Banaswadi residents pose toughies to ward candidates

"Why is Banaswadi not as developed as areas in south Bangalore like JP Nagar, Jayanagar and Banashankari?", asked residents at a recent public meeting with candidates contesting from Banaswadi (Ward 27).

All candidates said that the combined efforts of the Corporator, the BBMP and the public are required to develop the ward.

Another resident, C M Subbaiah, also member of the North East Federation of Resident Welfare Associations (RWAs) asked the party candidates why they had not raised their voice against the development of a BDA layout on a tank bed in the ward. "Your question is correct. We should have done something, we haven’t", confessed JD(S) candidate Venkatachalapathy.

The case Subbaiah referred to has been in court for quite sometime.

Banaswadi candidates

From left to right – Ashok Kamath, A Kodandareddy, C Venkatachalapathy, Prabhakar Reddy, Rajagopal, D S rajashekar, Rajan. Pic: Raghavendra

These were just some of the several tough questions asked by Banaswadi residents at a debate-cum-discussion session, held ahead of the BBMP elections. It was organised by Smart Vote (a citizens initiative), Namma Bengaluru Foundation (a not-for-profit headed by Rajya Sabha MP Rajeev Chandrashekar) and the Bhuvanagiri Residents Welfare Association (RWA) on March 24th. At least 200 citizens were present at the meeting that took place primarily in Kannada.

Among the candidates present were A Kodandareddy (BJP), Venkatachalapathy of JD(S), B C Prabhakar Reddy (Congress), Rajagopal R (Karnataka Rakshana Vedike), and three independent candidates, D S Rajashekar, Ashok D Kamath and Rajan.

Appeal to Banaswadi residents to vote on March 28th

For a ward that saw the lowest voter turnout in last year’s parliamentary elections, this meet was organised to encourage voters to come out and vote this March 28th.

banaswadi residents

Over 200 residents of Banaswadi were present at a public meeting to interact with their ward candidates. Pic: Vaishnavi Vittal

The candidates introduced themselves with promises of looking into providing basic amenities such as water, electricity and garbage clearance. To questions on whether they will hold monthly meetings with all residents of their ward and if they’ll make public budget allocations of all projects carried out in their ward, all candidates replied in the affirmative saying they will be transparent and accountable. Kamath said he will hold public meetings everyday between 5 and 6 pm. He also added that officials will have to report to him everyday between 2 and 3 pm.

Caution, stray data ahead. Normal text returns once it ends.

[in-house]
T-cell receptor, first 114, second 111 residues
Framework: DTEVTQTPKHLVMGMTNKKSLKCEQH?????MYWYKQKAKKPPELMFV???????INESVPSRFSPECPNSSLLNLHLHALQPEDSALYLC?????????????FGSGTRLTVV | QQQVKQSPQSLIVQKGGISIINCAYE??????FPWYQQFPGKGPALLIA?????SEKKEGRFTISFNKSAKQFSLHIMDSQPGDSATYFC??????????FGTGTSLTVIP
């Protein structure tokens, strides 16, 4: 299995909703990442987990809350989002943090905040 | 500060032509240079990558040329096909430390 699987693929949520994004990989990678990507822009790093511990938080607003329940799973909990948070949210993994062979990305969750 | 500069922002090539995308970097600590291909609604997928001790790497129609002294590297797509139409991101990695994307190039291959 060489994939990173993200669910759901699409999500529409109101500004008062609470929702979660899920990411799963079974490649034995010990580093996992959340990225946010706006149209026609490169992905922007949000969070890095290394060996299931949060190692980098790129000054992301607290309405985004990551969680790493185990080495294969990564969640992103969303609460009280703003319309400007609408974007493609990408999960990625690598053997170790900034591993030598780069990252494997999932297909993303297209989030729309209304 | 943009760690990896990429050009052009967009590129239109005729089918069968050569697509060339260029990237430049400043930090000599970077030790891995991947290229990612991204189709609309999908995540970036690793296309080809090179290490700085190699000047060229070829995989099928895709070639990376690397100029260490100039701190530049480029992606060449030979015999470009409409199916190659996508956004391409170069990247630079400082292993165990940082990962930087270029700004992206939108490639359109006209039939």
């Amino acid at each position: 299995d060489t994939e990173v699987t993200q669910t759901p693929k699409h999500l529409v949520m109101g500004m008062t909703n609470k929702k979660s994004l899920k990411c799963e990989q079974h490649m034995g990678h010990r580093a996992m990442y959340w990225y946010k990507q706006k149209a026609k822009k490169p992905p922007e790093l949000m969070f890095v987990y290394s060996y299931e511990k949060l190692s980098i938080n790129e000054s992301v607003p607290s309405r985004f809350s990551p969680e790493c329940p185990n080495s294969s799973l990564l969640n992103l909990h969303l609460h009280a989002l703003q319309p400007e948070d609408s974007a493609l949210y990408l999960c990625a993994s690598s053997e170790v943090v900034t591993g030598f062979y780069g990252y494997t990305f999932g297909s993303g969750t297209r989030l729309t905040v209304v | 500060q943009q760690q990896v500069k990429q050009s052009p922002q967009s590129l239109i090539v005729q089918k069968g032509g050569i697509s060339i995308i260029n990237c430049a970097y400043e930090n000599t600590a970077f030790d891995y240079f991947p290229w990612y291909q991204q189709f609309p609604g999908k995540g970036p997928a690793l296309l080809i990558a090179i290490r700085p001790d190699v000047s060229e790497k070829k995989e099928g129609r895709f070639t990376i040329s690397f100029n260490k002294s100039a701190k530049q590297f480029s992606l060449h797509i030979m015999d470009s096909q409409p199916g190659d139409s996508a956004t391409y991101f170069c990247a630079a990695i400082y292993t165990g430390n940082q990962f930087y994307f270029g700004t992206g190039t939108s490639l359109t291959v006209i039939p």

On a question regarding whether Bangalore should have a growth limit, all candidates said that growth inevitable and that proper planning should be done. However, BJP’s Kodandareddy disagreed and said, "Bangalore has grown enough. First meet the current demands. Let others go to jillas".

Candidates voice their views on policy and more

Moving to the subject of road widening, the candidates were asked whether they thought it was better to provide a Transfer of Development Rights (TDR) certificate or cash compensation to residents who lose portions of their property.

Banaswadi Smart Vote member

A Smart Vote member explaining TDR to some of the candidates. Pic: Vaishnavi Vittal

Some of the candidates were not aware of what TDR was and a Smart Vote member intervened to explain the same to them.

While Kodandareddy, Venkatachalapathy and Reddy said giving a TDR certificate was better than money, Rajashekar said that if cash compensation is given it should be according to market value. Rajagopal and Rajan felt that both options should be available to the public.

On the issue of Akrama Sakrama, Reddy and Rajagopal were outright against it, while Kondandareddy, Rajashekar and Venkatachalapathy were for it. Kamath and Rajan were also in favour of it but felt that the penalty collected by the government should be used for the development of Bangalore.

The next round saw questions from the audience being posed to the contenders. Here, questions were collected on slips of paper instead of citizens asking the questions orally. The moderator read out the questions to the candidates. Interestingly, all questions were beyond the usual water woes, power cuts and garbage clearance.

One of the questions was on why a school was coming up at a BBMP playground premise in the ward. All candidates promised to look into the matter.

Responding to another question on security for women in the early mornings and late evenings using a people-police-politician interface, each of candidates again promised to work in this manner.

Few citizens disappointed over conduct of debate

But even as the debate came to an end, some members of the audience were disappointed over the conduct of the question-answer session, saying they were not given a fair chance.

Residents' disagreement

Some of the residents created a commotion after the debate concluded, saying they were not given a chance to ask questions. Pic: Vaishnavi Vittal

One citizen Nagaraj fumed that his time was wasted by attending this session. "What are they saying they will solve water problem. All these years no MP or MLA has been able to solve the problem, how will these people solve it?" Nagaraj also felt that more importance was given to RWA members present in the audience to ask questions. "I am very disappointed. I am not satisfied at all. I don’t know who to vote for among these candidates", he said in frustration. He also pointed out to the fact that some of the candidates were not aware of TDR when the question was asked.

Another Banaswadi resident, H K Kalegowda said that the way the debate was conducted was not fair. "They didn’t give us a chance to ask questions".   ⊕

About Vaishnavi Vittal 139 Articles
Vaishnavi Vittal is a Bangalore-based journalist.

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